Studies have also demonstrated that when you exercise without eating first, post-workout calorie burn is increased. After a workout, a process called excess post-exercise oxygen consumption (EPOC) begins and causes your body to continue burning calories for up to 48 hours after you stop exercising. When working out on an empty stomach, EPOC activity increases by up to 20 percent thus leading to more effective calorie burn during your recovery phase.

Finally, working out on an empty stomach may activate brown adipose tissue or brown fat cells which are capable of quickly burning calories for heat production. The result is increased metabolism and reduced body fat percentage over time.

Drawbacks of Working Out on an Empty Stomach

Working out on an empty stomach is often seen as the ideal way to burn fat and build muscle. However, there are a few drawbacks of this approach that should be considered. For one, it can lead to a decrease in performance if you don’t take in the essential nutrients to fuel your workout. It can also cause fatigue and dizziness due to low blood sugar levels. Let’s take a more in-depth look at these drawbacks.

Low Energy Levels

When you work out on an empty stomach, it can cause your energy levels to drop. Low energy levels will make it more difficult to complete a full workout and the results may be less than optimal. To help combat this issue, certain food types should be consumed prior to exercise. These typically include quickly-digested carbohydrates such as oatmeal, banana or toast; or some type of protein combined with carbohydrates such as peanut butter or eggs and toast. Eating 30 minutes prior to a workout can help boost your energy levels so that you can make the most of your exercise session. Additionally, consuming food before and during a workout may reduce the amount of breakdown in muscle tissue and help prevent delayed-onset muscle soreness (DOMS).

Increased Risk of Injury

When it comes to exercise, working out on an empty stomach is not typically recommended. Exercising without food in your system can increase the chances of injury since your body does not have access to glycogen stores, which are needed for energy.

Working out on an empty stomach can also increase the production of cortisol (the stress hormone) as a way to protect muscles during workouts and this can limit tissue repair and muscle building. Furthermore, a lack of adequate fuel for intense workouts can cause fatigue and reduce performance, leading to poor results when training is completed.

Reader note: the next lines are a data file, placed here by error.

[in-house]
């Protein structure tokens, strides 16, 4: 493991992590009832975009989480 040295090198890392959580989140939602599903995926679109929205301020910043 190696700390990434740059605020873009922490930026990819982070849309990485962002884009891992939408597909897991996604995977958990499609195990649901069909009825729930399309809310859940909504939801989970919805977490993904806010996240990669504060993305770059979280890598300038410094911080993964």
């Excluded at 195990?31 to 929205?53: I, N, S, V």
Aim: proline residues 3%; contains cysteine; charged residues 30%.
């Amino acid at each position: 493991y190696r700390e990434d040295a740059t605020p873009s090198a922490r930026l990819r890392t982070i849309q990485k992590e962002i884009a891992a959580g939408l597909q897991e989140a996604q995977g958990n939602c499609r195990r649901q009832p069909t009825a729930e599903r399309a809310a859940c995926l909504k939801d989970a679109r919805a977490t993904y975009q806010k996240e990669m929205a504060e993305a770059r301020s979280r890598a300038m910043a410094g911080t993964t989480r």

There are some cases when working out on an empty stomach might be beneficial, however it should be done with caution and under the guidance of a healthcare professional or fitness coach who can advise on the best nutritional practices prior to exercise in order to avoid any potential harm or injury. For example, those who are trying to burn fat may find that intermittent fasting — which involves working out while not consuming food — may be effective if done in short bursts lasting up to an hour with recovery time afterward. It’s not generally recommended or safe for most athletes as it could cause dehydration as well as other CVD risk factors due to increased cortisol levels over time.

Increased Hunger

One of the main drawbacks of working out on an empty stomach is increased hunger. Working out without having eaten something can make you feel hungrier after your session than if you had had a snack or light meal beforehand. If you’re cutting calories to lose weight, working out on an empty stomach may cause you to eat more later in the day as your body responds to being hungry and craving energy. The same goes for intense workouts, which require a lot of energy, and can result in increased hunger post-workout if food isn’t available soon after exercise. To combat this downside, some people opt to have a small snack with some complex carbohydrates, protein, and healthy fats before their workout. This provides the body with a quick burst of energy while also preventing over-eating later in the day due to excessive hunger.